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The Gravitational Field

  1. Sep 10, 2011 #1
    1. The problem statement, all variables and given/known data
    2uicc2f.jpg

    2. Relevant equations
    jt3x4l.jpg

    3. The attempt at a solution
    347xvnn.jpg

    But as you can see, when I typed the answer on the answer column, the computer marked it as wrong. Please point out my mistake in 24 hours. Thank you.
     
    Last edited: Sep 10, 2011
  2. jcsd
  3. Sep 10, 2011 #2

    lewando

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    What is the distance between M and O?
     
  4. Sep 10, 2011 #3
    By simple Pythagorean theorem you can work it out to l^2 sqrt{2}
     
  5. Sep 10, 2011 #4

    lewando

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    I get something different. Since the clock is ticking, how about
    [tex]l \sqrt{2}[/tex]
     
  6. Sep 10, 2011 #5
    I was writing the distance squared. So basically our answer for that is same.
     
  7. Sep 10, 2011 #6

    lewando

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    Ahh.. nevermind me, I thought I saw it... standby please.
     
  8. Sep 10, 2011 #7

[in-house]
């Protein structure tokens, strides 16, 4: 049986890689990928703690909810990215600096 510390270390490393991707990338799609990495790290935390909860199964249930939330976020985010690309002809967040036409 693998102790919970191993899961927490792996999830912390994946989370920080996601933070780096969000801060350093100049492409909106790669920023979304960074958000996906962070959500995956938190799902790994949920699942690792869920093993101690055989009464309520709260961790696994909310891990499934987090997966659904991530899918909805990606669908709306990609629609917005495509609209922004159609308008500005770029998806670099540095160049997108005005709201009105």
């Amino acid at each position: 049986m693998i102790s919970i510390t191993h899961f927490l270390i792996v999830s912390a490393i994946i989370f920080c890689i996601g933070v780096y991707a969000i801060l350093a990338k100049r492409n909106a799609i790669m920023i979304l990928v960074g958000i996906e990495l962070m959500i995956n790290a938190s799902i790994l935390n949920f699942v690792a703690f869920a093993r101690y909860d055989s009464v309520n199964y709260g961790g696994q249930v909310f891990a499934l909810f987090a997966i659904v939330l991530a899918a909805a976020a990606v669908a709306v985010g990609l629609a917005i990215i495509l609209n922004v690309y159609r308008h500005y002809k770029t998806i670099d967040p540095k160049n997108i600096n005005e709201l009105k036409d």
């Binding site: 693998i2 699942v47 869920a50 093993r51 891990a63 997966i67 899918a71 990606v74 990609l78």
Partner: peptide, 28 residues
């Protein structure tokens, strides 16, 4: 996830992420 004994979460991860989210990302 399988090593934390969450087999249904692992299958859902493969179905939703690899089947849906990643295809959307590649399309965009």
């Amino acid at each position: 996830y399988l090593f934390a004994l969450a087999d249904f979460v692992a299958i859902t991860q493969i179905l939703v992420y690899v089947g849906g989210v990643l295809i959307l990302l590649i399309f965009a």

I think my answer is correct and the computer is wrong.
     
  9. Sep 10, 2011 #8

    lewando

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    How about your last step? The answer you gave was the common coefficient of i and j. But to get the magnitude should you not take the root of sum of the squares of these coefficients?
     
    Last edited: Sep 10, 2011
  10. Sep 10, 2011 #9
    Use more sets of parentheses at the beginning.
     
  11. Sep 12, 2011 #10
    Enlighten me.
     
  12. Sep 12, 2011 #11

    Hootenanny

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    What is the magnitude of the vector [itex]\boldsymbol{x} = \boldsymbol{i}+\boldsymbol{j} = [1,1]^\text{T}[/itex]?
     
  13. Sep 12, 2011 #12
    When something is in the form Constant * ( i + j ) and you would like to find the magnitude of that

    use abs ( Constant * ( i+j) ) = Abs(Constant ) * Abs(i+j)

    what is Abs ( i + j ) ?

    How would you interpret it ?
     
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